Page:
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Today's News

  • School officials planning Phase 1 expansion

    A school tax increase has been approved for Washington County, and now there will be more money coming into the school system’s budget, including a portion that will go toward facilities for the school district. So what will be done with that money?

  • It's time to sow, reseed your lawn

    Many of you have been asking, and now it is finally time to start renovating or reseeding your lawns.  September is the best month to sow grass seed in Kentucky, however, the last few years we have been so hot and dry that there was relatively no way to keep  enough water on it to get it to germinate and survive.  This year is different; it’s cool and there is ample moisture in the soil to make it relatively easy to get a lawn established.

  • Goats greening up Bluegrass Station landfill

    Stories of large corporations and cities using goats to graze green spaces are cropping up all over the country. Now Bluegrass Station in Fayette County is partnering with the University of Kentucky College of Agriculture and area goat producers to green up some landfill sites.

    Bluegrass Station maintains more than 50 acres of decades-old, capped landfills at the rural location. Mowing the turf and keeping fences clear of vegetation is a laborious task that can cost between $45 and $55 per acre.

  • Commanders capitalize early but lose, 59-26

    By Jimmie Earls

    Sun Sports Writer

    “It’s not how you start, it’s how you finish.”

    That is one of the oldest sports cliche’s in the book, and if any game were a prime example of that phrase, then the Washington County Commanders’ home opener against Western Hills last Friday night was a textbook case.

    The Commanders got off to a quick lead when junior receiver Quan Turner ran the ball for a 56-yard yard touchdown. Junior Seth Mattingly’s extra point gave WC a 7-0 lead 49 seconds into the game.

  • Animal disposition causes problems

    I wanted to share an interesting set of information with you all from Dr. Roy Burris from Princeton.  Animal disposition is something livestock producers talk about often.  Some of the funniest stories that we tell each other are about that subject.  Unfortunately, animal disposition causes some of the most painful problems we have, and those are not funny.  

    Dr. Roy Burris, Beef Extension Specialist, University of Kentucky

  • Volunteer to be a 4-H leader

    If you enjoy working with young people, volunteering as a 4-H club leader may be an exciting and fulfilling experience for you. In 4-H, caring, enthusiastic adults are always needed to assist young people in achieving their goals.

    Club leaders can positively impact a 4-H’ers life. It is very rewarding for them to watch young people build self-confidence and self-worth and develop new interests as they accomplish goals in various projects and activities.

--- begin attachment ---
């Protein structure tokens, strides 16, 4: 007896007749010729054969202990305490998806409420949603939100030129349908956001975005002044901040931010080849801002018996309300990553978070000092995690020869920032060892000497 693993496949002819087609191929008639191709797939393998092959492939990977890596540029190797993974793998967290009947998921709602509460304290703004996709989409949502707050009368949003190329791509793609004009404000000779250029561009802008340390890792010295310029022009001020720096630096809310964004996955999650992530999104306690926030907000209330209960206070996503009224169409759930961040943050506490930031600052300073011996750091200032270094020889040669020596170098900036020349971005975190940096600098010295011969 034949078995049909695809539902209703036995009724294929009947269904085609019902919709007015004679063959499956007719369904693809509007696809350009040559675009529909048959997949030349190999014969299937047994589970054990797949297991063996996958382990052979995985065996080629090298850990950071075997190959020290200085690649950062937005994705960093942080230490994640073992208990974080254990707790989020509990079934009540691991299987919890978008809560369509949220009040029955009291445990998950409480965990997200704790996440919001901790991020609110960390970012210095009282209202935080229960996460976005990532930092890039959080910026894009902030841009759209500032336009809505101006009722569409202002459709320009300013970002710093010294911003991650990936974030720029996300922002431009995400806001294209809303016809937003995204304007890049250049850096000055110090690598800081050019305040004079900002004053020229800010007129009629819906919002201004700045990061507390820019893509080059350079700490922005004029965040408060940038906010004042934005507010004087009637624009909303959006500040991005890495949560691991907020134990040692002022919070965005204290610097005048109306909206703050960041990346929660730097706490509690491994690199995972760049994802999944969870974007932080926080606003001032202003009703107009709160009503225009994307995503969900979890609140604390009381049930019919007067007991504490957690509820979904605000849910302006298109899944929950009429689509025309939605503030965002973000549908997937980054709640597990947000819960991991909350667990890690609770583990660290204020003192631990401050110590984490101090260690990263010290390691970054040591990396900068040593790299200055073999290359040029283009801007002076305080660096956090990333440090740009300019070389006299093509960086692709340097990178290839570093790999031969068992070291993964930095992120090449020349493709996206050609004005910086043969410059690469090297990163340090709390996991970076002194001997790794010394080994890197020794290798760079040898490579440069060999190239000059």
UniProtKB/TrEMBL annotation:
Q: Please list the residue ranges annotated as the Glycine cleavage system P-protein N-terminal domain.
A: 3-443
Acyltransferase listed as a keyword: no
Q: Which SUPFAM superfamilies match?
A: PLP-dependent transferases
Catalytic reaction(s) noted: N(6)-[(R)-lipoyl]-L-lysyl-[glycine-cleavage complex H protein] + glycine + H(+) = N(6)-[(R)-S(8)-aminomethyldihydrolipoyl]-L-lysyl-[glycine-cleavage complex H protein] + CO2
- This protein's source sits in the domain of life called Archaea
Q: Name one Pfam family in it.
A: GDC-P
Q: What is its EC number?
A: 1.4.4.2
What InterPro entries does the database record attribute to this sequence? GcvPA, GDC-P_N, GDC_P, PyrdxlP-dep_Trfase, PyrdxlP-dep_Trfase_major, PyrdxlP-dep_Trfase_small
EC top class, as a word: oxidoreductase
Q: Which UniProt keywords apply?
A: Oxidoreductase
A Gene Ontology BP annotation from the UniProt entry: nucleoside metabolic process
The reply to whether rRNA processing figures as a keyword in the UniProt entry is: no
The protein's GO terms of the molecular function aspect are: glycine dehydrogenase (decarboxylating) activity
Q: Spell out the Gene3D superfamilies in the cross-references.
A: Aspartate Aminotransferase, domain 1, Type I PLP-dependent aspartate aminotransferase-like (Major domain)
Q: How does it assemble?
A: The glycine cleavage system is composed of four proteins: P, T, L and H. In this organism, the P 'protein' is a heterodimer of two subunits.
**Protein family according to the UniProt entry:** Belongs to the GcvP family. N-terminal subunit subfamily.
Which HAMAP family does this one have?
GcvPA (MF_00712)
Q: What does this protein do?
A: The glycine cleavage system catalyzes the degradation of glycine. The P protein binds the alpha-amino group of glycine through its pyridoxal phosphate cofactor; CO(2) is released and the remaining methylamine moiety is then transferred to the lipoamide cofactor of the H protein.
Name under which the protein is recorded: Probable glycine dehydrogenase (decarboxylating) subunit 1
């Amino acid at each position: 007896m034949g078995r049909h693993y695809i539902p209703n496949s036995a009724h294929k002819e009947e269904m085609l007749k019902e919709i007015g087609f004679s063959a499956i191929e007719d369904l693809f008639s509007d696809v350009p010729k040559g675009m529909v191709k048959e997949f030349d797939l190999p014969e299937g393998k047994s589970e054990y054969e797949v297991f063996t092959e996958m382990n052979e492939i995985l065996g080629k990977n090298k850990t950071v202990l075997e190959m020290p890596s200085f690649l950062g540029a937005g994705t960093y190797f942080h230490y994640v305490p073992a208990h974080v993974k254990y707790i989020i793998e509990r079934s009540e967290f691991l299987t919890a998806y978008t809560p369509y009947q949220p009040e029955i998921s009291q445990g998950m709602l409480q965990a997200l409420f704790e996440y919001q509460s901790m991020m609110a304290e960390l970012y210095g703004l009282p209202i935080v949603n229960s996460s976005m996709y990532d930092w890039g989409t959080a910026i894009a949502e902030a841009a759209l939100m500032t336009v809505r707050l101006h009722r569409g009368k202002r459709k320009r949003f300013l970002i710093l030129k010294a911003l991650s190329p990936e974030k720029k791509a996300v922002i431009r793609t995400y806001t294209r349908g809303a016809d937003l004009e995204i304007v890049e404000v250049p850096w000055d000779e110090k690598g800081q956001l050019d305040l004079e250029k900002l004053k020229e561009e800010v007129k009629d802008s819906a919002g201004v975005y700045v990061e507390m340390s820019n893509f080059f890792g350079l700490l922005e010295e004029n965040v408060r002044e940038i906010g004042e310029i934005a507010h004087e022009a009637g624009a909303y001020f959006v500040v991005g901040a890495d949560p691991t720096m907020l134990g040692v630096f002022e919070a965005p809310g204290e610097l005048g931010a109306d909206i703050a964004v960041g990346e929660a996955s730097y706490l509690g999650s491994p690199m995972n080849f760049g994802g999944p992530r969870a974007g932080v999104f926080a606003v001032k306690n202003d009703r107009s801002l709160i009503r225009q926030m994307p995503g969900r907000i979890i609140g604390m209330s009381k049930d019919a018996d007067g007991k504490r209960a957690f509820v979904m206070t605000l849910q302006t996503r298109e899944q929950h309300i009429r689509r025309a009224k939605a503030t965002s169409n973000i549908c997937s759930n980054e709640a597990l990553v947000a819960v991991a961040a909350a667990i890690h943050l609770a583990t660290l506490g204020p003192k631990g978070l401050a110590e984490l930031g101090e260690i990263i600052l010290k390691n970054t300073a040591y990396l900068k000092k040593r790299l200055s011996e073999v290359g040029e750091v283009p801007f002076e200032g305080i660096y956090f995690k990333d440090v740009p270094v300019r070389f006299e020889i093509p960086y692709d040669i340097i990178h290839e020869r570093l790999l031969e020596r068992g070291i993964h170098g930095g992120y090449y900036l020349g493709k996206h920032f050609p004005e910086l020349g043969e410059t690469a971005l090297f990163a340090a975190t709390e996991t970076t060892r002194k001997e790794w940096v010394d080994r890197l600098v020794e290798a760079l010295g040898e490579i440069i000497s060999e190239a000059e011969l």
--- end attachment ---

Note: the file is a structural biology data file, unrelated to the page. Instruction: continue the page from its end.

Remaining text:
• Local musician finding success in Nashville

    Music flows through her veins, and though she learned to play by ear, Deanna Loveland is now playing for a living.

    Formerly Deanna Tomlinson, the 20-year-old up-and-coming musician and more decided to change her name for professional, as well as personal reasons.

    “I decided to use a stage name professionally. I don’t have a lot of trouble with it, but still with the possibility of stalkers, it was mainly for privacy,” she said.

  • Springfeld comes 'Alive After Five'

    Although last Thursday evening started with a brief rain shower, that didn't dampen the spirits of those who turned up for the first weekend of Springfield's “Court Square - Alive After Five” series of events. Every Thursday night in September, court square will host a variety of music acts, as well as art and craft booths and an antique and classic car cruise-in. It's all a way to promote Springfield and offer entertainment for the community.

  • Commanderettes rebound vs. Lady Tigers

    By Jimmie Earls

    Sun Sports Writer

    Sometimes, when a team is down and feeling weak, the best thing for them to do is pick themselves up by picking on a weaker opponent. And that’s just what the Washington County Commanderettes needed last Tuesday night.

    After going 0-5-1 last Saturday in the Marion County Tournament and losing 0-2 at Central Hardin last Monday, WC, which hadn’t won since Aug. 22, was hungry for a victory as the 0-10 Lady Tigers of Bardstown looked for their first win in Springfield.

  • WC girls beat Meade; boys place second against Taylor, C-Ville

    By Jimmie Earls

    Sun Sports Writer

    Both Washington County boys’ and girls’ golf teams hit the links last week in match play.

    The boys hosted teams from Campbellsville and Taylor County at Lincoln Homestead Golf Course. The Cards came out on top as Taylor County shot 163, while WC finished with a 170 and Campbellsville finished last with 200.

    Some individual performances have been outstanding for the Commanders as Aaron Spalding has already qualified for the state tournament Oct. 5-7 at Bowling Green Country Club.